Buy my Books!

The Sketchnote Workbook is a fully-illustrated book and video, showing how to use sketchnotes in new ways, along with advanced tips and techniques.
Learn about and buy the book →
Download a FREE chapter →
Watch a FREE video sample →

The Sketchnote Handbook is a fully-illustrated book and video, designed to teach regular people how to create sketchnotes.
Learn about and buy the book →
Download a FREE chapter →

Mike Rohde (Color - Square)

ROHDESIGN is the website of designer Mike Rohde, who writes on design, sketching, drawing, sketchnotes, technology, travel, cycling, books & coffee.
Read more about Mike →

SIGN UP! Get the Rohdesign Newsletter.

« Brando Workshop Tungsten E Gear Review | Main | Down The Weblog Rabbit Hole »

Proj: Exhibition Moleskine Sketches (Pages 7-10)

Wow, I'm really rolling on my proj: exhibition sketchbook! Last night and this morning I completed four more pages, and enjoyed every moment of it. If you haven't had a chance to see my first 6 pages, feel free to check them out. Four new pages and related notes are included below for your viewing pleasure (click on an image to see a larger version):

Proj: Exhibition Pages 7-8

Pages 7 & 8: Decided to try a full spread, discussing my old reliable PowerBook Duo 230, which sits on the right side of my office desk. This wonderful little laptop is a pivotal piece of technology in my life, as it helped me meet many good friends online and to land my position at MakaluMedia. It traveled to Germany and Sweden with me. Beyond sentimental value, my love of using a modular computing devices came from experiences with the Duo system.

Proj: Exhibition Pages 9-10

Pages 9 & 10: This was a new approach for a sketchtoon in this book — moving away from inanimate objects to people. This morning at my local café I sat and sketched the most interesting people I saw, making up commentary about each one. My biggest fear was being approached by one of the subjects to see my “scribbling” — fortunately none did.

Notes on Sketchtooning

Interestingly enough, I'm finding the act of diving in on a blank page of this notebook with a black gel pen a great challenge, because once I start sketching, I can't erase. This action requires a bit of confidence, and the ability to go with the flow of the drawing.

In fact, I'm intentionally avoiding planning out the page, letting it draw itself instead. Why? Because as a web and graphic designer I've been trained to organize and plan out my layouts. While this is fine for professional projects, I wanted to capture a more spontaneous look with these sketches — like a child draws as they feel — rather than following a well-organized plan. I've found the use of ink and non-planning of sketches very refreshing. :-)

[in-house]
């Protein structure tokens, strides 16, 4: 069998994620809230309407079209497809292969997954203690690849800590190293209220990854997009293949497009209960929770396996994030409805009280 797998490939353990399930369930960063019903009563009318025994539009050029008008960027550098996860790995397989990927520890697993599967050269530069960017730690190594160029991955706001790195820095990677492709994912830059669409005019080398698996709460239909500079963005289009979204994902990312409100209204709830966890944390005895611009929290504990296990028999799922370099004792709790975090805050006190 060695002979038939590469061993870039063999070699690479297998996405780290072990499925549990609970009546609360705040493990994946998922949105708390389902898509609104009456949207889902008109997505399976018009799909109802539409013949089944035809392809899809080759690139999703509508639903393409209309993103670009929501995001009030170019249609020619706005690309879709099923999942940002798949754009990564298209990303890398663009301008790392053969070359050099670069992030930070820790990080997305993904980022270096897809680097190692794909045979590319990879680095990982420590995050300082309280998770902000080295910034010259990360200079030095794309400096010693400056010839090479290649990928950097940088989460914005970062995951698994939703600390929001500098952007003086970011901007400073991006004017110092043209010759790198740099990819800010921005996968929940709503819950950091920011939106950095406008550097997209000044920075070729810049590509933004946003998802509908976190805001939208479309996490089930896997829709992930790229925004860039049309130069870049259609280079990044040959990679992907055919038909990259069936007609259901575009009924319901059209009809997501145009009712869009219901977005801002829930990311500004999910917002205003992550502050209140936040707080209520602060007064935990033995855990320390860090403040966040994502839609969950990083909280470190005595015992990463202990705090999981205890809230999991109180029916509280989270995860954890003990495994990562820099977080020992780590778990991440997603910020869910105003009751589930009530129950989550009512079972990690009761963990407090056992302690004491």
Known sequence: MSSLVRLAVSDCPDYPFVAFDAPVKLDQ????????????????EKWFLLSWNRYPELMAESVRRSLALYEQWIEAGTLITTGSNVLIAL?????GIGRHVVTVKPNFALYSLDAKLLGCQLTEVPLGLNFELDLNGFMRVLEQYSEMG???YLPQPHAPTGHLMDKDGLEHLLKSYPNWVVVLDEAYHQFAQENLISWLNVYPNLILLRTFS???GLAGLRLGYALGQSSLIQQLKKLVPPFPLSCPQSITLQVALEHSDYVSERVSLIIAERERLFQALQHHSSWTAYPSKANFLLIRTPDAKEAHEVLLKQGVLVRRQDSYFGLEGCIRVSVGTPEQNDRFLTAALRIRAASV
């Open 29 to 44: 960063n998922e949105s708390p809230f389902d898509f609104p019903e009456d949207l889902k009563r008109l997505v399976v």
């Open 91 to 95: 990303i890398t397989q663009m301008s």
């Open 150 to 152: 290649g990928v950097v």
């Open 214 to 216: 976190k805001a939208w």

Thanks to everyone who commented on the first 6 pages from the sketchbook, posted on Monday night! As with those sketches, I'd love to hear your comments.

Reader Comments (3)

Rolf, thanks for the comments! I enjoyed the caf� people, though they were harder to do than inaimate objects for me (they leave the caf�!). But, it was fun to try and capture a person as a iconic cartoon.

I intend to do more people in the sketchbook (maybe even new caf� people), so you can look forward to that. :-)
December 11, 2004 | Unregistered CommenterMike Rohde
Just cuious as to your "pen" of choice at the moment? Still using the inexpensive gel pens you can pick up at OfficeMax/Depot?
December 14, 2004 | Unregistered CommenterBryan Nystrom
Still on the Pilot G2 Gel pens (0.5 and 0.7) and really like them. They seem stable and archival as well (and cheap too).

I hear some folks have even found ways to install the Pilot G2 Gel pen inserts into other pens for a nicer feel:
December 14, 2004 | Unregistered CommenterMike Rohde

PostPost a New Comment

Enter your information below to add a new comment.

My response is on my own website »
Author Email (optional):
Author URL (optional):
All HTML will be escaped. Hyperlinks will be created for URLs automatically.